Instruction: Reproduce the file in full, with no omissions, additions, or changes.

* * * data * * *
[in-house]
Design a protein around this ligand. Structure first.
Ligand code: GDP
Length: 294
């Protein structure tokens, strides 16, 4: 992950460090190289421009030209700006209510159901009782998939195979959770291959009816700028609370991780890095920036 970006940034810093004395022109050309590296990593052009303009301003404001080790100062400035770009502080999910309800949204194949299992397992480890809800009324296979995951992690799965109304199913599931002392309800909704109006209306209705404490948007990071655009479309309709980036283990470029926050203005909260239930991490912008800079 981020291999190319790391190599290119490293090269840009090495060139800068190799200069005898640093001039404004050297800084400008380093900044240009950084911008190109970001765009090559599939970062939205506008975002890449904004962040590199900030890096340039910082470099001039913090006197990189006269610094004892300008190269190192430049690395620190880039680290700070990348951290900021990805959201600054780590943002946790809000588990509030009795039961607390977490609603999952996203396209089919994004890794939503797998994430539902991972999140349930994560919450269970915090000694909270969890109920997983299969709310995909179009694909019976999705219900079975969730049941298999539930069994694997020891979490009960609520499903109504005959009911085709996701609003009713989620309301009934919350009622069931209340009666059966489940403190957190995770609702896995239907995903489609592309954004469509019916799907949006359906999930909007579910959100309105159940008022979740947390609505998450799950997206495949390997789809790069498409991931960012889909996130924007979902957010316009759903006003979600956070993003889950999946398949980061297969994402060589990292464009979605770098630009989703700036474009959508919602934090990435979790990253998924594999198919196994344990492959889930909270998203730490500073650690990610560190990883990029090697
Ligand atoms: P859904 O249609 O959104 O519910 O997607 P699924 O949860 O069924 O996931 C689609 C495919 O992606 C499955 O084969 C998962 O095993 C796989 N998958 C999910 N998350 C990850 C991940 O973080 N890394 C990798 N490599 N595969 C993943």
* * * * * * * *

[in-house]
Design a protein around this ligand. Structure first.
Ligand code: GDP
Length: 294
């Protein structure tokens, strides 16, 4: 992950460090190289421009030209700006209510159901009782998939195979959770291959009816700028609370991780890095920036 970006940034810093004395022109050309590296990593052009303009301003404001080790100062400035770009502080999910309800949204194949299992397992480890809800009324296979995951992690799965109304199913599931002392309800909704109006209306209705404490948007990071655009479309309709980036283990470029926050203005909260239930991490912008800079 981020291999190319790391190599290119490293090269840009090495060139800068190799200069005898640093001039404004050297800084400008380093900044240009950084911008190109970001765009090559599939970062939205506008975002890449904004962040590199900030890096340039910082470099001039913090006197990189006269610094004892300008190269190192430049690395620190880039680290700070990348951290900021990805959201600054780590943002946790809000588990509030009795039961607390977490609603999952996203396209089919994004890794939503797998994430539902991972999140349930994560919450269970915090000694909270969890109920997983299969709310995909179009694909019976999705219900079975969730049941298999539930069994694997020891979490009960609520499903109504005959009911085709996701609003009713989620309301009934919350009622069931209340009666059966489940403190957190995770609702896995239907995903489609592309954004469509019916799907949006359906999930909007579910959100309105159940008022979740947390609505998450799950997206495949390997789809790069498409991931960012889909996130924007979902957010316009759903006003979600956070993003889950999946398949980061297969994402060589990292464009979605770098630009989703700036474009959508919602934090990435979790990253998924594999198919196994344990492959889930909270998203730490500073650690990610560190990883990029090697
Ligand atoms: P859904 O249609 O959104 O519910 O997607 P699924 O949860 O069924 O996931 C689609 C495919 O992606 C499955 O084969 C998962 O095993 C796989 N998958 C999910 N998350 C990850 C991940 O973080 N890394 C990798 N490599 N595969 C993943």